Crisis Averted?

Continuing with the theme of the last blog entry-that there is not enough low income housing and that its absence might be a crisis-rest assured that local government is ready and able to do its part. City Council is acting on a resolution to permit the URA to apply to the Commonwealth for $4 million in funds from the Housing and Redevelopment Assistance Program.

That money will be matched by other funds "$6,117,051 in Community Development Block Grant, HOME, City bond, Pittsburgh Development Fund and other local funds" according to Council’s resolution. The language of the act goes even further to say that the funds will help to eliminate blight by "addressing the housing assistance needs of low and moderate income residents through the substantial rehabilitation and new construction of housing".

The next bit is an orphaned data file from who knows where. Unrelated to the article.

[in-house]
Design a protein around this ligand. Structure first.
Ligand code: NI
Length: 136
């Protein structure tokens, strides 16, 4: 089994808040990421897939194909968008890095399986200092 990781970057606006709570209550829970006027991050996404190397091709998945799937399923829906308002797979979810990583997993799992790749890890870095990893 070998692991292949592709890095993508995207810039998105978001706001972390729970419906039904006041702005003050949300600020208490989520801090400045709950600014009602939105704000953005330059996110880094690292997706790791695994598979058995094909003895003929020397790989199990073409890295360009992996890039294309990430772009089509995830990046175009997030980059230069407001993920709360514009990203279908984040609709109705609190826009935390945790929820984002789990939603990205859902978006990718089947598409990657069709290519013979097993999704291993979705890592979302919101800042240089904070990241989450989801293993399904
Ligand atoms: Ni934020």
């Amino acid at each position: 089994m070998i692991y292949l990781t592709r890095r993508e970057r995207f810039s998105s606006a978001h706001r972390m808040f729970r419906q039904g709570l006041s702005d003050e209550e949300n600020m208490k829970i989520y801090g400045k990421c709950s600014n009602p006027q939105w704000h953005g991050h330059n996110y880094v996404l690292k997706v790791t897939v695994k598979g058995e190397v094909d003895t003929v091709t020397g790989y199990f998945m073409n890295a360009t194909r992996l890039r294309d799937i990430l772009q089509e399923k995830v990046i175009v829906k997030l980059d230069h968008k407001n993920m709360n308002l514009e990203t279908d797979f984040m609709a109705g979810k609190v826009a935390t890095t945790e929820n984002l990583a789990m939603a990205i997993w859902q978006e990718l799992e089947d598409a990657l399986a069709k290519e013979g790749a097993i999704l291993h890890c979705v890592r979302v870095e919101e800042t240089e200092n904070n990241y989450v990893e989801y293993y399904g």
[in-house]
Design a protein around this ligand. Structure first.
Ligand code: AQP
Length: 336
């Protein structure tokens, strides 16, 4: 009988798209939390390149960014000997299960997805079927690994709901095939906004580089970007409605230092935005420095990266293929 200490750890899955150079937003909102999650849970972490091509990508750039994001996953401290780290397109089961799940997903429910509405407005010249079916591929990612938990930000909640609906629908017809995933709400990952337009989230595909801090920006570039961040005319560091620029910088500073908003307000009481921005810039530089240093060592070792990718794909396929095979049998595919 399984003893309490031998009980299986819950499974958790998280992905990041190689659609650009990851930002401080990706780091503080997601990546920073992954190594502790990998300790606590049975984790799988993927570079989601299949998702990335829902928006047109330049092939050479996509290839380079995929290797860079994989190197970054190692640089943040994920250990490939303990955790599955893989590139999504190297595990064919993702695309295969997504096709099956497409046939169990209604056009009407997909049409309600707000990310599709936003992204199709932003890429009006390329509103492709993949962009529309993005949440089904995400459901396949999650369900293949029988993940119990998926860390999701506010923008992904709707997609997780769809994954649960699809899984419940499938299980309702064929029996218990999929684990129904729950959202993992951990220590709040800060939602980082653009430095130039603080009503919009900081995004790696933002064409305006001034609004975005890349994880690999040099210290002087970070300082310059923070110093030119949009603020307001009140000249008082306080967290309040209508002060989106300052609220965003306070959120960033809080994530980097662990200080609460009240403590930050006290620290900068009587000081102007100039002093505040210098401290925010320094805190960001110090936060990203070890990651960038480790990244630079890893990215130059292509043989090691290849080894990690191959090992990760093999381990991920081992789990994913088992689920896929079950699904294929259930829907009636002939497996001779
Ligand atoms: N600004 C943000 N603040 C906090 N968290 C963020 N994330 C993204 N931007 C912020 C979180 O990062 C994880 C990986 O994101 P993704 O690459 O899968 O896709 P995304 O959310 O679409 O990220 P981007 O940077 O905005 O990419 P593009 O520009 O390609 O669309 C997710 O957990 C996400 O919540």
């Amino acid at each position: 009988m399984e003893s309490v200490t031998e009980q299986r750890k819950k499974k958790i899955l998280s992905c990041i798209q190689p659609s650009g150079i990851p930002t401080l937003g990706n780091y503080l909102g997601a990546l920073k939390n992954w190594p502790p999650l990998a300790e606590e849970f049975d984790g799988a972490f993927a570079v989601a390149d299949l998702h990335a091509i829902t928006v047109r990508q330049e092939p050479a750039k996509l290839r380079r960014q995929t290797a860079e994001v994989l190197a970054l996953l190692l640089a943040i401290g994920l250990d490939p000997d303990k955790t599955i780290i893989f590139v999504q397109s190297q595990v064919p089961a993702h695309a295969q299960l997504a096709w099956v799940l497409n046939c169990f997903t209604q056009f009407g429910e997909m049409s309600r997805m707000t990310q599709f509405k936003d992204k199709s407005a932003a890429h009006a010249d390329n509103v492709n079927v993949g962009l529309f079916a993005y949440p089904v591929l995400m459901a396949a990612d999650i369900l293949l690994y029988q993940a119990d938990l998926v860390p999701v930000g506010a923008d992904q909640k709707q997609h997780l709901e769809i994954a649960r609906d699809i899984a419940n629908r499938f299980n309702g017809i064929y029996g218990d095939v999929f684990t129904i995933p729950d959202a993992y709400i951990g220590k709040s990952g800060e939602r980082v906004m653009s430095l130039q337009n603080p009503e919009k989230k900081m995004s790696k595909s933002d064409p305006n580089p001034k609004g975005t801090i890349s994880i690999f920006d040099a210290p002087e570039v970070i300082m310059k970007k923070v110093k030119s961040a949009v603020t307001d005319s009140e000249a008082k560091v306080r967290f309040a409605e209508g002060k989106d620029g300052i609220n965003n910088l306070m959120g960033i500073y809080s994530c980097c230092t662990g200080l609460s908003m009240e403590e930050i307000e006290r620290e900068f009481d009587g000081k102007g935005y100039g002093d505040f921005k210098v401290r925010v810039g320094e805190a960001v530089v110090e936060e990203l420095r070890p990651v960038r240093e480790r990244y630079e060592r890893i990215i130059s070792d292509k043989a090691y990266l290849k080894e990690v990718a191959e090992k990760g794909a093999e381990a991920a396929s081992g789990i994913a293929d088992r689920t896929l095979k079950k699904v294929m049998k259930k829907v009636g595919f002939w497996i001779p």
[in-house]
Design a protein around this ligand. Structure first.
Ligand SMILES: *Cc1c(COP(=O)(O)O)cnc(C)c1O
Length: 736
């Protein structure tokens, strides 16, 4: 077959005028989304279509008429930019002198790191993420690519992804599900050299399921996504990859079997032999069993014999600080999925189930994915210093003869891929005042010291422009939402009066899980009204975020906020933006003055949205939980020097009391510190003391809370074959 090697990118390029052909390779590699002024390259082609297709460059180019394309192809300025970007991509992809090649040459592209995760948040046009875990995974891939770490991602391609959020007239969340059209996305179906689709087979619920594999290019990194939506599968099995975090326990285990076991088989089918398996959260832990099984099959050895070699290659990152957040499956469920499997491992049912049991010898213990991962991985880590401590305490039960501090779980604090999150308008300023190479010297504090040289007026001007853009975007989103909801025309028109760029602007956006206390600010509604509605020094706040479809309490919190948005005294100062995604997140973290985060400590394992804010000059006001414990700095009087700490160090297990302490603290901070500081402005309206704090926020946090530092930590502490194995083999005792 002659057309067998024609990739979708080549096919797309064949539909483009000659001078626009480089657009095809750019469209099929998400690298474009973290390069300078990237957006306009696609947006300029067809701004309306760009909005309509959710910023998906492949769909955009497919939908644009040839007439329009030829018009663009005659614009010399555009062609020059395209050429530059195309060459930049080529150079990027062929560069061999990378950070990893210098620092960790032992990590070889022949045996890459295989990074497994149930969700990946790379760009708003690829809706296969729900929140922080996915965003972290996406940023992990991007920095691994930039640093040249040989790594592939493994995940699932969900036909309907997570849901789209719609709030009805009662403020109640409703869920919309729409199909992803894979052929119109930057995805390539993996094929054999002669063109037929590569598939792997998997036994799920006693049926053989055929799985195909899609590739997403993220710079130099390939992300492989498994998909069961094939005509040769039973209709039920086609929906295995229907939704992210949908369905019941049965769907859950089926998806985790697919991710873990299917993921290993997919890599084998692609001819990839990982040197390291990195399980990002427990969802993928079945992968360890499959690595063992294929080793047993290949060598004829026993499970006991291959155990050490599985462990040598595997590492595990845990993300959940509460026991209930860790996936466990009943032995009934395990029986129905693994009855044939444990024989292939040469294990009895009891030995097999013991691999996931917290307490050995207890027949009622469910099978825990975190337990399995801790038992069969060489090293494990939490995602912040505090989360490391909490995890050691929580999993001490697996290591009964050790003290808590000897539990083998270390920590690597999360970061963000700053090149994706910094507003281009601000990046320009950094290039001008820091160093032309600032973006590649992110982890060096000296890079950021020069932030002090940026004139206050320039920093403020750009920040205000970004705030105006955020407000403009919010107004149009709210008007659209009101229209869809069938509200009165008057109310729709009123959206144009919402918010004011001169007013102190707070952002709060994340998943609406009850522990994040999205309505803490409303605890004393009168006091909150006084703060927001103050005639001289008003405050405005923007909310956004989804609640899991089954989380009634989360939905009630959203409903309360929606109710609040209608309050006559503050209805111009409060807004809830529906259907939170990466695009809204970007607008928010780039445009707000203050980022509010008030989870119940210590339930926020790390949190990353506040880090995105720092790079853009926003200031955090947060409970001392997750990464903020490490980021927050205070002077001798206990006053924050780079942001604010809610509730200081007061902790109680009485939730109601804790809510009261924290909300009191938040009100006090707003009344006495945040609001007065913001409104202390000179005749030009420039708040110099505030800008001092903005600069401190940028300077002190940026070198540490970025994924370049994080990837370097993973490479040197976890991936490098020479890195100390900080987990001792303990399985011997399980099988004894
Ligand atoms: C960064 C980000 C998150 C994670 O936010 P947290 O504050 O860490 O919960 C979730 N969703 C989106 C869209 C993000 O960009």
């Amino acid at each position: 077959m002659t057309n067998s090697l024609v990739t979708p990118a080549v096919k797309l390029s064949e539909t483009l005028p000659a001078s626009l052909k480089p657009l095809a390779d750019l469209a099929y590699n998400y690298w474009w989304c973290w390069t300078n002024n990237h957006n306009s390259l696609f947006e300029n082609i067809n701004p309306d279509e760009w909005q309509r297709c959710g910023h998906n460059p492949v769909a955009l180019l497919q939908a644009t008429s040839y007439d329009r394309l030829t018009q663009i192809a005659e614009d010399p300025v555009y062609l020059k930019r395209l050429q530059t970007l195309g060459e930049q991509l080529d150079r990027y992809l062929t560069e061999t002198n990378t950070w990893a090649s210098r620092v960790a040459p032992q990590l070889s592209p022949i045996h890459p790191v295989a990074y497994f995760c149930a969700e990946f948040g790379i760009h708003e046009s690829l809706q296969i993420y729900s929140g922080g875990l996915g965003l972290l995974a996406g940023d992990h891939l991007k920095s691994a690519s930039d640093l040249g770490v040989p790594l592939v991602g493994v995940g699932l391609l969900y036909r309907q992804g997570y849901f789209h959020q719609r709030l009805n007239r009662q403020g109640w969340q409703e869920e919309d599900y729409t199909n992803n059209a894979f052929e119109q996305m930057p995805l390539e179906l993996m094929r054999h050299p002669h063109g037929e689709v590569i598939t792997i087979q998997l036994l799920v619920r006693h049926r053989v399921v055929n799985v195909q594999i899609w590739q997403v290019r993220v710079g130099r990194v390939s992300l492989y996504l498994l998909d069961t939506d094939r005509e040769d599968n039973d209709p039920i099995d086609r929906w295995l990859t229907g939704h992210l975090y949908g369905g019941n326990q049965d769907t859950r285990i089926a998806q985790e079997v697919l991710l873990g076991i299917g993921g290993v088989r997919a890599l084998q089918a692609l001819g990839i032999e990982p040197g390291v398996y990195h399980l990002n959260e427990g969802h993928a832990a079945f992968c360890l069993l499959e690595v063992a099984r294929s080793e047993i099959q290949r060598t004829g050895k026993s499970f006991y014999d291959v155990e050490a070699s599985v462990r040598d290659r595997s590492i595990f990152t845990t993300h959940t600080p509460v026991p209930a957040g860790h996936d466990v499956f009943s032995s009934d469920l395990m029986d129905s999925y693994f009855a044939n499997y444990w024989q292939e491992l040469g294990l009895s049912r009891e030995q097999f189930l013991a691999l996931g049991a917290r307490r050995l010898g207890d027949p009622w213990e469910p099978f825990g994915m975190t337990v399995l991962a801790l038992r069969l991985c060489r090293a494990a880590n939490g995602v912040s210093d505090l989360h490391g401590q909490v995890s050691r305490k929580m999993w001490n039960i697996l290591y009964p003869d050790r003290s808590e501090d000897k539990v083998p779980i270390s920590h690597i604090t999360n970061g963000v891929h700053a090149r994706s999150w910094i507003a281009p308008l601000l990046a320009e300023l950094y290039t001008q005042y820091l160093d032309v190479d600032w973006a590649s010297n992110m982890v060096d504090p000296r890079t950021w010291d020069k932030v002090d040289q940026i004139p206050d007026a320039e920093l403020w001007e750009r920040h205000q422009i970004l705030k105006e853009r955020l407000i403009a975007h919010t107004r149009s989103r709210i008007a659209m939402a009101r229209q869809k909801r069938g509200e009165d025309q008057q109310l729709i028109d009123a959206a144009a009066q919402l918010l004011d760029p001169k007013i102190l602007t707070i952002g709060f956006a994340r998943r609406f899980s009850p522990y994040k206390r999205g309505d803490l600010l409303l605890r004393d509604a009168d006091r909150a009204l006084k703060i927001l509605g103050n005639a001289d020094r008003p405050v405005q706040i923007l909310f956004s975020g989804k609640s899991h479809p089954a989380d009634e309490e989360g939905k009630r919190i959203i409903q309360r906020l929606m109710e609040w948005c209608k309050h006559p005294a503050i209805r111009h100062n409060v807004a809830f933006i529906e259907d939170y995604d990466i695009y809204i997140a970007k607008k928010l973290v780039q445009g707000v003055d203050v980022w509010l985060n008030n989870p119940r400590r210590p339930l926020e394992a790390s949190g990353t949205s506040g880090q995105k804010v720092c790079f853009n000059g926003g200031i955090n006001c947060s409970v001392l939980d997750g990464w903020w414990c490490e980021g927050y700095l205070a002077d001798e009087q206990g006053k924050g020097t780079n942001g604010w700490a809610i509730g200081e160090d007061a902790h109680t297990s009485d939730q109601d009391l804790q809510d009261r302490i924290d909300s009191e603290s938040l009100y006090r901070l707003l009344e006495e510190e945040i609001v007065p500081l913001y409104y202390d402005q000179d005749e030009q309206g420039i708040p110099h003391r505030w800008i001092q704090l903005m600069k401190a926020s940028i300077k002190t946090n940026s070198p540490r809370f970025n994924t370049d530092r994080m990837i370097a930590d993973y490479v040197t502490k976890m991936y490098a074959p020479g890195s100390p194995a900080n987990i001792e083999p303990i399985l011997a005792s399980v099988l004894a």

Sure it’s a small piece of the puzzle and it is just in Pittsburgh-the Housing Alliance, the group that raised the issue of the crisis, noted that it felt the crisis went a lot further than just the City-but the state has been no slouch in trying to give out assistance under the program. DCED notes that some $33 million was spent in FY08-09 and $20 million in FY09-10.

So what is the better approach: to try and spend money targeted at providing low- and moderate-income housing or remove the impediments that might be preventing its construction?